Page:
The body of Chérif, a technician for the community station Radio Rurale de N’Zérékoré, was found in a septic tank in Womé, a village near Guinea’s south-eastern N’zerekore region, where the first cases of Ebola were documented in March 2014, according to news reports. Chérif was found alongside Facely Camara, a reporting intern for the privately owned local radio station Liberté FM, and Sidiki Sidibé, a technician intern, and other victims who included medical officers and a preacher. Some of their throats had been slit.
Camara, Chérif, and Sidibé had traveled to Womé to cover a delegation’s public health awareness campaign in villages. The other victims were part of the delegation. In a statement released shortly after the attack, Damantang Albert Camara, a government spokesman, said residents began throwing stones at the group and, while some managed to hide and escape, others were killed.
Christophe Millimono, an editor at Radio Rurale de N’Zérékoré who was part of the delegation and managed to escape, told CPJ the group had been well received before being suddenly attacked.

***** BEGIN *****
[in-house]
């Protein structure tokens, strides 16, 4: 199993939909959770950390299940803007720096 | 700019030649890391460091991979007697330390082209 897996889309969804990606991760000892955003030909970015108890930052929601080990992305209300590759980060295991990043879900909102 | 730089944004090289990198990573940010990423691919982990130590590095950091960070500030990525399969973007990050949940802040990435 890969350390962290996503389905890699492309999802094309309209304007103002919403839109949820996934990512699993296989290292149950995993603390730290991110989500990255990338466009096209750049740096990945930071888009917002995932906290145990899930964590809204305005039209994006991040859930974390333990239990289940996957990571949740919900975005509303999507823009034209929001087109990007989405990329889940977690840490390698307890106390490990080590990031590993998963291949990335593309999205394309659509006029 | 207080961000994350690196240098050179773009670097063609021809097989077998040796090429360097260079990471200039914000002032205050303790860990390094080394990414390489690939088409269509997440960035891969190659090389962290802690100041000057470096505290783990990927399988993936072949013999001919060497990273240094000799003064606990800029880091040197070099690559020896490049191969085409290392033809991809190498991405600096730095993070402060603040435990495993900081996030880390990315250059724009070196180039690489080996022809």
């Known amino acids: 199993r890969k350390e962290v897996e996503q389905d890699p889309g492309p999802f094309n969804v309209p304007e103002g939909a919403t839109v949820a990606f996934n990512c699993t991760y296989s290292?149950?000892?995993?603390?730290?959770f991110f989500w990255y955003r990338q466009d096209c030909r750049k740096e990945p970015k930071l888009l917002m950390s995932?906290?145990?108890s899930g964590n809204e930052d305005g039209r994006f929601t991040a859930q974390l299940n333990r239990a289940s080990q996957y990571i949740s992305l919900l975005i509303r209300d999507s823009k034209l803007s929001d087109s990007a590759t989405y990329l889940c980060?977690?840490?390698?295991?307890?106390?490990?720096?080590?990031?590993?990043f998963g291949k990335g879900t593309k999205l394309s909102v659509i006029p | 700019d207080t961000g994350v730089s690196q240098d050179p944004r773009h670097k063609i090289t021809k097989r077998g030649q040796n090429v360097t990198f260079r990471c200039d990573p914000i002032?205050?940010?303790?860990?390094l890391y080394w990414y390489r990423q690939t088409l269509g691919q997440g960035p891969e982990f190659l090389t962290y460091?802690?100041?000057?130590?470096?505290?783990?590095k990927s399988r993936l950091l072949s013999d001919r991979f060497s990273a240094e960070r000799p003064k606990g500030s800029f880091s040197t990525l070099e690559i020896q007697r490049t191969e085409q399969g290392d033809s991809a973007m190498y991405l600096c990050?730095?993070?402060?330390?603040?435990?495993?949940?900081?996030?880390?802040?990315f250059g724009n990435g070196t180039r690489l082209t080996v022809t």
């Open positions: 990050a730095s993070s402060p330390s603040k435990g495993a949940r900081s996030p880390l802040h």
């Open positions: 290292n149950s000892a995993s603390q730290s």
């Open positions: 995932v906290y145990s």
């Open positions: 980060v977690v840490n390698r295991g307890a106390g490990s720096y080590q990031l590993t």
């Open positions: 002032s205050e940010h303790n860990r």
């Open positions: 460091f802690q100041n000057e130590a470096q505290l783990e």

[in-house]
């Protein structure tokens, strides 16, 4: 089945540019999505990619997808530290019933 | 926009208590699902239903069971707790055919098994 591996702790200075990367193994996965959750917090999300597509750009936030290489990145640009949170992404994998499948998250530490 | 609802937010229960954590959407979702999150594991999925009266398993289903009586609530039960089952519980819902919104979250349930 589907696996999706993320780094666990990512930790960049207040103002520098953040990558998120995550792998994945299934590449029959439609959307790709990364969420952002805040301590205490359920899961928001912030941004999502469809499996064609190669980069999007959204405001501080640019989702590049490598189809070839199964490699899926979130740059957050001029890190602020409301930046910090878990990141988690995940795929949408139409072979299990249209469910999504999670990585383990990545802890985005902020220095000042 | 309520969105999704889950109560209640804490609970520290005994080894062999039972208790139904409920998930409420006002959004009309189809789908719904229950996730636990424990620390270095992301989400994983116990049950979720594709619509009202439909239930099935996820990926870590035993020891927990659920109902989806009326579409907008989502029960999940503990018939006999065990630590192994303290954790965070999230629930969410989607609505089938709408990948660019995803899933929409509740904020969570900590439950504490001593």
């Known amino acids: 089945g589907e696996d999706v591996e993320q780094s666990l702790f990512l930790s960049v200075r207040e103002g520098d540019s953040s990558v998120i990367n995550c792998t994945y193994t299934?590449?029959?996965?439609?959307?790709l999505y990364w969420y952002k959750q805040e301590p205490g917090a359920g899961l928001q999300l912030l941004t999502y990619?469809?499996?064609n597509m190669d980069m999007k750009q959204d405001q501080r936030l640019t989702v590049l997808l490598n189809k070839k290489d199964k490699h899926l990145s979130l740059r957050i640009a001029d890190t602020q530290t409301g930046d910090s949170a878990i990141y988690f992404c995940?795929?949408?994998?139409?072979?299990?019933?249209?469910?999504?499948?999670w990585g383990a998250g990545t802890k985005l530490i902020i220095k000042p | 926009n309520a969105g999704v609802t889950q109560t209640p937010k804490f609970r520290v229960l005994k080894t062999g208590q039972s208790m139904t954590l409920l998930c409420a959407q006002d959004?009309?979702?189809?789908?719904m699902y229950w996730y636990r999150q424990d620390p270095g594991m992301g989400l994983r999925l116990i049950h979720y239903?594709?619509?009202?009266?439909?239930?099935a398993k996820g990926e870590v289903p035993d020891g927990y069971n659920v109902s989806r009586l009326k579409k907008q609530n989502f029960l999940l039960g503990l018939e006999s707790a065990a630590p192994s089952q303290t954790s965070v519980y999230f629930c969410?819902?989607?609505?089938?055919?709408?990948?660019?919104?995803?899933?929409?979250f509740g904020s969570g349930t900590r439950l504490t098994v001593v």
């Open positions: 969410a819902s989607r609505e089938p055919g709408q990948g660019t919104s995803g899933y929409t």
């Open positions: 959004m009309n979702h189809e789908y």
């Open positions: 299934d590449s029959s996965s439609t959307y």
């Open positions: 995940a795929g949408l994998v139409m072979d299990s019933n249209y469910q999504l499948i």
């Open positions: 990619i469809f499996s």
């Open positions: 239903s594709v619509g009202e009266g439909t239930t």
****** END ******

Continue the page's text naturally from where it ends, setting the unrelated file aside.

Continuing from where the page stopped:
Many villagers have accused health workers of spreading Ebola, according to the BBC. Thousands of people have died since the virus broke out earlier this year, the BBC reported.
Guinean authorities promised to investigate and bring the perpetrators to justice, according to news reports. Alpha Diallo, a director at Liberte FM, told CPJ in late 2014 that authorities had made more than 40 arrests but had not charged anyone.
In 2015, local and international new websites reported that eleven people had been sentenced to life in prison and a collective fine of 1.5 billion Guinean francs ($156,006) for the killings of the Ebola delegation, including Camara, Chérif, and Sidibé.